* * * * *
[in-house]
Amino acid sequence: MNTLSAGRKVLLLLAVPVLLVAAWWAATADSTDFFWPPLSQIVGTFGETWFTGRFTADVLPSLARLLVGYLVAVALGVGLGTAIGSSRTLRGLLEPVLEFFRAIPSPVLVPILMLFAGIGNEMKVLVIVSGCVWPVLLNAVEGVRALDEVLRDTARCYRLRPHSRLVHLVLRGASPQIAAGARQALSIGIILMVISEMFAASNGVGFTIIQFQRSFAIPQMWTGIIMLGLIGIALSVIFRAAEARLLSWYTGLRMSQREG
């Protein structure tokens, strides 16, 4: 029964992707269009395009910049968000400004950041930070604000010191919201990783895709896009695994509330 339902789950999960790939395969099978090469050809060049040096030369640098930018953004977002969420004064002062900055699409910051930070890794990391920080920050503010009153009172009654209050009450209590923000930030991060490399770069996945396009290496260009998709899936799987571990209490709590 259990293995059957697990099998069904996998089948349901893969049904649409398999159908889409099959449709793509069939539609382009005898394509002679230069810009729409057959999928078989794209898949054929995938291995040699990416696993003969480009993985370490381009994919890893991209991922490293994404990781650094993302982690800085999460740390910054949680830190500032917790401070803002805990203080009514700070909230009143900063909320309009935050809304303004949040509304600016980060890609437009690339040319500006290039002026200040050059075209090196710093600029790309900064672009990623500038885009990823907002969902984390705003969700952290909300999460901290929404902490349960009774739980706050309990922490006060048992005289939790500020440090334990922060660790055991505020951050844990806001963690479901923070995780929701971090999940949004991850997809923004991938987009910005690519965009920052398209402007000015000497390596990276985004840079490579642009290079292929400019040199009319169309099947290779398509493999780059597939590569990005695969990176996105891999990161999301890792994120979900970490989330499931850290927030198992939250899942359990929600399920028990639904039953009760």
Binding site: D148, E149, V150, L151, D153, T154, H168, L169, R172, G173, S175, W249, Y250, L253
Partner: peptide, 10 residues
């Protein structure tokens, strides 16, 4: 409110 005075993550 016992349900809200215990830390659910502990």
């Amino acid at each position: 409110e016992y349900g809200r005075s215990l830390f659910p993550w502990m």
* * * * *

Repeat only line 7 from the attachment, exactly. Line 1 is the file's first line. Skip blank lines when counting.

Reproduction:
């Amino acid at each position: 409110e016992y349900g809200r005075s215990l830390f659910p993550w502990m």